World oil prices slid on Monday as dealers took their cue from the strengthening US dollar, analysts said.
Brent North Sea crude for delivery in November shed 53 cents to stand at $96.47 a barrel in London midday deals.
US benchmark West Texas Intermediate for November reversed 52 cents to $93.02 a barrel.
In foreign exchange activity, the euro struck the lowest level against the dollar for almost two years, slumping to $1.2664 before rebounding.
The euro is coming under pressure from concerns about weak eurozone growth, while the dollar is benefiting from US Federal Reserve plans to bring to a stop its stimulus programme in October.
"The stronger US dollar is not helping oil prices at the moment," David Lennox, resource analyst at Fat Prophets in Sydney, told AFP.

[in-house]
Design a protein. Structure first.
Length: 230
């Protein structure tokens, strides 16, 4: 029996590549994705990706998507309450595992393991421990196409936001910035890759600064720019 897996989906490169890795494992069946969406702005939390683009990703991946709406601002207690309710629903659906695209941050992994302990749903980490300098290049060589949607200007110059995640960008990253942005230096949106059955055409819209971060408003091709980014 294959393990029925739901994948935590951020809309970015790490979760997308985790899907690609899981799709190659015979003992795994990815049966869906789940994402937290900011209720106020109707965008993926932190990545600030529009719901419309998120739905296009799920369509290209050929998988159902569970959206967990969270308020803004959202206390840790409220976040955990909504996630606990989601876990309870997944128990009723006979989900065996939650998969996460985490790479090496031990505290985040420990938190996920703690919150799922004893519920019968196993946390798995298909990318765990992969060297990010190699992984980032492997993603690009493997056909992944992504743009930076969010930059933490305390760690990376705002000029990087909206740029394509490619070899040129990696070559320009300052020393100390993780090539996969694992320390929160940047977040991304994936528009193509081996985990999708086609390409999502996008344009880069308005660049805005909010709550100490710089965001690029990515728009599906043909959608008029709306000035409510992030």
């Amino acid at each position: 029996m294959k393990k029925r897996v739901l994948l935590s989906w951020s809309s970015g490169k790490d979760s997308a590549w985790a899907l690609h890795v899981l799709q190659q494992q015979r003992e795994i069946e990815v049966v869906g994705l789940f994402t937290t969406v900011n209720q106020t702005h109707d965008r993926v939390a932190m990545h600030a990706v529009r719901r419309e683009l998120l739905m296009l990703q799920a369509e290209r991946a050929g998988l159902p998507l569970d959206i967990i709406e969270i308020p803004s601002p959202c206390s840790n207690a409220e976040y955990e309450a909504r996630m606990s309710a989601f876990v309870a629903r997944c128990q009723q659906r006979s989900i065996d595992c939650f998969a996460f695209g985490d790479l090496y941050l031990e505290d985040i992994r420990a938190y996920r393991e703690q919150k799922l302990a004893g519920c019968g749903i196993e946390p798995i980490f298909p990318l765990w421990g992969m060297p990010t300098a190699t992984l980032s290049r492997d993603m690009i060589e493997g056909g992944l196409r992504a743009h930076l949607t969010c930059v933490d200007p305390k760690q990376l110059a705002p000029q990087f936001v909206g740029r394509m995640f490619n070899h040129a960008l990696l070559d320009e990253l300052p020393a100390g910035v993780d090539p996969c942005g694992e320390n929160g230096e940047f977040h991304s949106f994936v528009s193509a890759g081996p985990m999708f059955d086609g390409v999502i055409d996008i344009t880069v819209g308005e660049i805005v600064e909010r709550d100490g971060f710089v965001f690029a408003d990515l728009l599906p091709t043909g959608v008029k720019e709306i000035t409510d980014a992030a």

"It's pretty quiet at the moment and the oil market just seems happy to drift along," he added.
The greenback was also buoyed by an upward revision to the second-quarter US economic growth estimate.
The US Commerce Department said Friday the economy grew 4.6 percent in April-June, faster than previously estimated.
A stronger greenback makes dollar-priced oil more expensive for buyers using weaker currencies, denting demand and pushing prices lower.
Analysts said investors would scrutinise key US data to be released this week for clues about demand in the world's top crude consumer.
Data on personal income and spending in August will be released later Monday, while other key releases in the week include construction spending, vehicle sales and non-farm payrolls for September.